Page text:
Joel Sherman of the New York Post spoke with someone in the Mets front office and that someone thinks the team has “no shot” to re-sign Jose Reyes:
“My instinct is no shot. I think if [GM] Sandy [Alderson] asked for it, ownership would follow his recommendations. But where the money is going to go it is not going to be the best way to spend the money, not on one player and not one player with this hamstring thing.”
“No shot” seems kind of extreme, but it doesn’t seem all that wrong.
There are a lot of teams who could use an elite shortstop and who are willing to take the risk on “this hamstring thing.” I really have a hard time on Reyes having to take the discount that Sherman suggests the Mets would need him to give them in order to sign him. And Alderson’s m.o. has never been to be top-heavy in terms of salary and star power. He’s probably far more content to use the money earmarked for Reyes for other things.
Former Red Sox right-hander Nathan Eovaldi is up for grabs this offseason, and Nick Cafardo of the Boston Globe says that as many as nine suitors are interested in bringing the righty aboard. While the Red Sox are eager to retain Eovaldi’s services after his lights-out performance during their recent postseason run, they’ll have to contend with the Brewers, Phillies, Braves, White Sox, Padres, Blue Jays, Giants, and Angels — all of whom are reportedly positioned to offer something for the starter this winter.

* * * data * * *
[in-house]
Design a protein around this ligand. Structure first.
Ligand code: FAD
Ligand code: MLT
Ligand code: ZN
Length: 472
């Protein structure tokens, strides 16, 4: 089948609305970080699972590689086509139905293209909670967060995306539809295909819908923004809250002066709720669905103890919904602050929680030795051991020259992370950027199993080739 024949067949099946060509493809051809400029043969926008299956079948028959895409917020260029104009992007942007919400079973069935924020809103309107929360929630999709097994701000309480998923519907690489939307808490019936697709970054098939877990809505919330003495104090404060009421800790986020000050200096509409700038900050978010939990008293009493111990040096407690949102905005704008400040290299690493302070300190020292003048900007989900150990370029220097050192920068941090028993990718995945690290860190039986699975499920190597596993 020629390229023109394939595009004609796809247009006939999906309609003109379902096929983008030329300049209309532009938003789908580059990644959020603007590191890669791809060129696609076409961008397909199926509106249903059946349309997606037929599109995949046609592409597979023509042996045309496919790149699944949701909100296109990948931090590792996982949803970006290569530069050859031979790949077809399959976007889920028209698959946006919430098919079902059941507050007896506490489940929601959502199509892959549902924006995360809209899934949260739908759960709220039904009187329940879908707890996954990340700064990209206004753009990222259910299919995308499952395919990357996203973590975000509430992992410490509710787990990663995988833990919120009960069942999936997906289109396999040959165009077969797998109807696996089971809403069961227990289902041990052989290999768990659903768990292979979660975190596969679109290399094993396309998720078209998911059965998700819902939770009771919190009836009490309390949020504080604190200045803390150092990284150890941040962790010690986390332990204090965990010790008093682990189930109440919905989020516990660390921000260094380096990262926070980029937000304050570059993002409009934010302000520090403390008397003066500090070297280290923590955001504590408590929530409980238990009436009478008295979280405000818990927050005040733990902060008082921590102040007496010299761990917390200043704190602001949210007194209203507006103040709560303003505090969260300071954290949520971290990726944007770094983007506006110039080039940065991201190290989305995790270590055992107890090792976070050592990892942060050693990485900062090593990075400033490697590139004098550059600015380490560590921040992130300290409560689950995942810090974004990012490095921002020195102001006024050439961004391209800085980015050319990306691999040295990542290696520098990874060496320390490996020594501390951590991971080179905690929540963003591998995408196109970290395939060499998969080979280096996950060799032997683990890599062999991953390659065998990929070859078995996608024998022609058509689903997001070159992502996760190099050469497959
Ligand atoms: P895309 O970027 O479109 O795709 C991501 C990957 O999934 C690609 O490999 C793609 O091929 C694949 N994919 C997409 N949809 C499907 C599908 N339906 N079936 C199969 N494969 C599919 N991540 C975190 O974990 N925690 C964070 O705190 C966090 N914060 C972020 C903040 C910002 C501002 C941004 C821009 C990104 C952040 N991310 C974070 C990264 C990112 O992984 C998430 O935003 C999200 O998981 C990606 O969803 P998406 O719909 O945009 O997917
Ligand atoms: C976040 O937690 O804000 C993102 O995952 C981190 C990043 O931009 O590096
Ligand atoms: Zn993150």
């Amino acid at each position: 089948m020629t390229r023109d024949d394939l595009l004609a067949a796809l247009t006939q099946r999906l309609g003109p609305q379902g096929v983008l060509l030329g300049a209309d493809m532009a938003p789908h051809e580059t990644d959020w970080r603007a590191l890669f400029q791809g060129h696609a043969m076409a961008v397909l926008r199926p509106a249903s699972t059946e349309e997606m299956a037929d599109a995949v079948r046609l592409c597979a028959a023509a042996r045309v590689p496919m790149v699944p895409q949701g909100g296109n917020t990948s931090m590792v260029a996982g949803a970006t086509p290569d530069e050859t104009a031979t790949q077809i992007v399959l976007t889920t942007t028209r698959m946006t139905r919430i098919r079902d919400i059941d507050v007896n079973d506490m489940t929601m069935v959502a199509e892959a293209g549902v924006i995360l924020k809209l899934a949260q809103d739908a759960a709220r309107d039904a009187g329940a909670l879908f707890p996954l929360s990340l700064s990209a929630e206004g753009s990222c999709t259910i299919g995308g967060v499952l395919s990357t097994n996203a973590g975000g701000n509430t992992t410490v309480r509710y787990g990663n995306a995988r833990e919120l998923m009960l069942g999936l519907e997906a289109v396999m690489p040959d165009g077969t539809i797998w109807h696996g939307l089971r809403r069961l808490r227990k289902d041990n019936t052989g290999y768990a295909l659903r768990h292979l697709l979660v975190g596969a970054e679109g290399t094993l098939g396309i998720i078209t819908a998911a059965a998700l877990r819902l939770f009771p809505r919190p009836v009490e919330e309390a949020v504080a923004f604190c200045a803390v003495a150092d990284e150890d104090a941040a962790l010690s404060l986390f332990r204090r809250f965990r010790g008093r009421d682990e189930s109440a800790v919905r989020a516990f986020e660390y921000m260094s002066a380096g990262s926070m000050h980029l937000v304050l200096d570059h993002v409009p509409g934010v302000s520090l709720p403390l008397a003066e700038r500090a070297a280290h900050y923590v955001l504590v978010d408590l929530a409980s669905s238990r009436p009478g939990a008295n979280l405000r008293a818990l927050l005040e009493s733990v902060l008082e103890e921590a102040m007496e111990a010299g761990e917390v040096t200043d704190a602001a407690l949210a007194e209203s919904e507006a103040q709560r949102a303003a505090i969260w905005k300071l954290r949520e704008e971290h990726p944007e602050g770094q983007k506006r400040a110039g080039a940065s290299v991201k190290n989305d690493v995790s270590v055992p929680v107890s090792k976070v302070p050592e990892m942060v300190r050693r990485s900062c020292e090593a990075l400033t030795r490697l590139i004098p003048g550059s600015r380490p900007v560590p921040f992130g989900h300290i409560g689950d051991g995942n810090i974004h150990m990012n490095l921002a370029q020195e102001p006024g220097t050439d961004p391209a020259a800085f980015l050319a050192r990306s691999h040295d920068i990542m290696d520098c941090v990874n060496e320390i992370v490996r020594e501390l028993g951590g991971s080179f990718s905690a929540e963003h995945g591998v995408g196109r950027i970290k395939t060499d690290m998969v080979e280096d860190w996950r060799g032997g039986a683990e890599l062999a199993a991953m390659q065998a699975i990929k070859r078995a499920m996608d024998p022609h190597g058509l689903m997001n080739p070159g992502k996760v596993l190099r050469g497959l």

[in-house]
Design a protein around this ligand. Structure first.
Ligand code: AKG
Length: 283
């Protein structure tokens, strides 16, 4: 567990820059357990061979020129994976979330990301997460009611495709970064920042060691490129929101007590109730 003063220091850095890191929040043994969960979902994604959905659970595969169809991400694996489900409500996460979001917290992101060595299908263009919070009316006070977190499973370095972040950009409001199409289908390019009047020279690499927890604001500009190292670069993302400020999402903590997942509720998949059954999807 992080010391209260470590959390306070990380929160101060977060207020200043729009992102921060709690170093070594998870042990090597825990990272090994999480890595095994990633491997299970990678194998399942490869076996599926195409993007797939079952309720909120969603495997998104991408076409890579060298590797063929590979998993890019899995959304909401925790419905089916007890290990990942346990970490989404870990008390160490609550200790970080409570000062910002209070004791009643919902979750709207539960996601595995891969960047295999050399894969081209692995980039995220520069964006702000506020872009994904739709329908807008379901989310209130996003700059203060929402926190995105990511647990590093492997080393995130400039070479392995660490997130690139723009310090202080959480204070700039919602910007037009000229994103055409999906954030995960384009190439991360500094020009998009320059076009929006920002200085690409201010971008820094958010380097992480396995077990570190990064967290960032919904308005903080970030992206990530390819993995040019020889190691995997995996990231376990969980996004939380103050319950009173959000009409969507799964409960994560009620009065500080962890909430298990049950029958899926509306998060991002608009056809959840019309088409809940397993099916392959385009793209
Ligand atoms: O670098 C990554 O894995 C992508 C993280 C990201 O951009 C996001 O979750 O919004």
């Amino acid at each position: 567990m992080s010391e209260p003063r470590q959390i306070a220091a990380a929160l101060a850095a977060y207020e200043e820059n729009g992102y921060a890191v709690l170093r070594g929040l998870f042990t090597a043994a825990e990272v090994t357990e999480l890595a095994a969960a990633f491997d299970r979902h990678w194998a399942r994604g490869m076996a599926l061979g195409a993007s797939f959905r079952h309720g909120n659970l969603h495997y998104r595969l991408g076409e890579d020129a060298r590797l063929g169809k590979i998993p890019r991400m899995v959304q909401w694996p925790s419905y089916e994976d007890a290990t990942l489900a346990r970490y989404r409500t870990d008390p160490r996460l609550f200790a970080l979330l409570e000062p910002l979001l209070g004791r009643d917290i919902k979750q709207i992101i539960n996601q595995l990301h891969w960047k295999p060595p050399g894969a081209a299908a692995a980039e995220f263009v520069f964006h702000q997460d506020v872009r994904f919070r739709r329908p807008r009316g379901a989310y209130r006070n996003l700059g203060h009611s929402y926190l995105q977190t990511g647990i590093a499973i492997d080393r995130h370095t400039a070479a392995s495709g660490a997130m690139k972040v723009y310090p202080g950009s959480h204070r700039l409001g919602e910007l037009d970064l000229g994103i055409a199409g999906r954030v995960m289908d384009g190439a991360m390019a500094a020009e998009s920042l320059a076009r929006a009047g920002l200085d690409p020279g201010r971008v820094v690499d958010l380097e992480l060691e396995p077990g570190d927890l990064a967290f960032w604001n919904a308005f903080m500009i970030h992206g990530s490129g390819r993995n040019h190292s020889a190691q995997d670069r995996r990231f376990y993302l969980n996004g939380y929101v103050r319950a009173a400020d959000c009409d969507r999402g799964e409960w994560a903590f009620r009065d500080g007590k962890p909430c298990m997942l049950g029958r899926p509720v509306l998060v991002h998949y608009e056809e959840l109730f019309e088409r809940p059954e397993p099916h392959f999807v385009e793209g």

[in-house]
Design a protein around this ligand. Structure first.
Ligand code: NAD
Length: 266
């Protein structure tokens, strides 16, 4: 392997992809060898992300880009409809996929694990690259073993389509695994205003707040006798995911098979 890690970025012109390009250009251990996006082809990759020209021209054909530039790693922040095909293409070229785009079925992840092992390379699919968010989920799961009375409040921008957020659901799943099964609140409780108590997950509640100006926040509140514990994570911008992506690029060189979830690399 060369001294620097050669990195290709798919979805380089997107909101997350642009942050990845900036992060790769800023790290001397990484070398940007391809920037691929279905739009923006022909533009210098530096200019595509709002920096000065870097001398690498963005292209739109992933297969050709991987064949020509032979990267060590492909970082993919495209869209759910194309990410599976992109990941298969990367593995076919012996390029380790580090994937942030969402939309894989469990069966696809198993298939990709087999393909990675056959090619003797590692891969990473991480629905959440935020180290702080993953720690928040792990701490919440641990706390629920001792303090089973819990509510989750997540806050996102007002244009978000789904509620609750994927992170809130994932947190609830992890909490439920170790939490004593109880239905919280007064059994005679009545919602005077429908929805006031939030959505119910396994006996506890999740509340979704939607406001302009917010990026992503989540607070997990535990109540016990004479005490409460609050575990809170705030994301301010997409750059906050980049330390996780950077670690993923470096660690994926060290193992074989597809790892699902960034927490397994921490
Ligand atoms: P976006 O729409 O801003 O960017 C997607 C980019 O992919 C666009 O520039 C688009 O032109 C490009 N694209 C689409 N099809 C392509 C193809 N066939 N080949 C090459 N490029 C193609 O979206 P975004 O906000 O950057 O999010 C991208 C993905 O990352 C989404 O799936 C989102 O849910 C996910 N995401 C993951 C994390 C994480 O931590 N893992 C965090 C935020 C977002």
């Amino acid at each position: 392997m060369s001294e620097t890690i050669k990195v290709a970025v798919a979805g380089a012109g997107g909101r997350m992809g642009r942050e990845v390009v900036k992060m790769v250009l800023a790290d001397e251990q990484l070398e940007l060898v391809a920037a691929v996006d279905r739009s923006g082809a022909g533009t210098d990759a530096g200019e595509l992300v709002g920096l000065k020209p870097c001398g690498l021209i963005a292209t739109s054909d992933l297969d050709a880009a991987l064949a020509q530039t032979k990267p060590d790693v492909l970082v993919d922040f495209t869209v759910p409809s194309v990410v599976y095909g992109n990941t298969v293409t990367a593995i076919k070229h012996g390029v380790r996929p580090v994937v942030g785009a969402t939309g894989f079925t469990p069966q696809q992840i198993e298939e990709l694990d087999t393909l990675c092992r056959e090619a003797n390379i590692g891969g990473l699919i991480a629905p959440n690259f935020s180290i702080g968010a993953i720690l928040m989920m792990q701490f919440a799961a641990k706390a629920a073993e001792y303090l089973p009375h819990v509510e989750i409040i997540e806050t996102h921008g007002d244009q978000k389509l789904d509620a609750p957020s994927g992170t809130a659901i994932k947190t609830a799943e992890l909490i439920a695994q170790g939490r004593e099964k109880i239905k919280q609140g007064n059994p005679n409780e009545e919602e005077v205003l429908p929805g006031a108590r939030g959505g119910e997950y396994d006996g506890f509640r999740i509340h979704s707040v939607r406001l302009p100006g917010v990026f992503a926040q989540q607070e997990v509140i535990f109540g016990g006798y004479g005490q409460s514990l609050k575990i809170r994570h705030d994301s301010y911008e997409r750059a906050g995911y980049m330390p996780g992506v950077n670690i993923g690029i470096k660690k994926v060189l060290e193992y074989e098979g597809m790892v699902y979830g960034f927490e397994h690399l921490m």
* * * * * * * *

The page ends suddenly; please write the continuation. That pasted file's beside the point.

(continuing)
It wasn’t all smooth sailing for the 28-year-old in 2018, however. After losing his 2017 season to Tommy John surgery, he underwent an additional procedure to remove loose bodies from his right elbow in March and didn’t make his first appearance until the end of May. He was flipped for lefty reliever Jalen Beeks just prior to the trade deadline and finished his season with a combined 6-7 record in 21 starts, a 3.81 ERA, 1.6 BB/9, and 8.2 SO/9 through 111 innings.
Despite his numerous health issues over the last few years, Eovaldi raised his stock in October after becoming a major contributor during the Red Sox’ championship run. He contributed two quality starts in the ALDS and ALCS and returned in Games 1-3 of the World Series with three lights-out performances in relief — including a six-inning effort in the 18-inning marathon that was Game 3.
A frontrunner has yet to emerge for the righty this offseason, but Cafardo points out that the nine teams listed so far might just be the tip of the iceberg. Still, he won’t be the most sought-after starter on the market, as former Diamondbacks southpaw Patrick Corbin is expected to command an even bigger payday following his career-best 6.0-fWAR performance in 2018.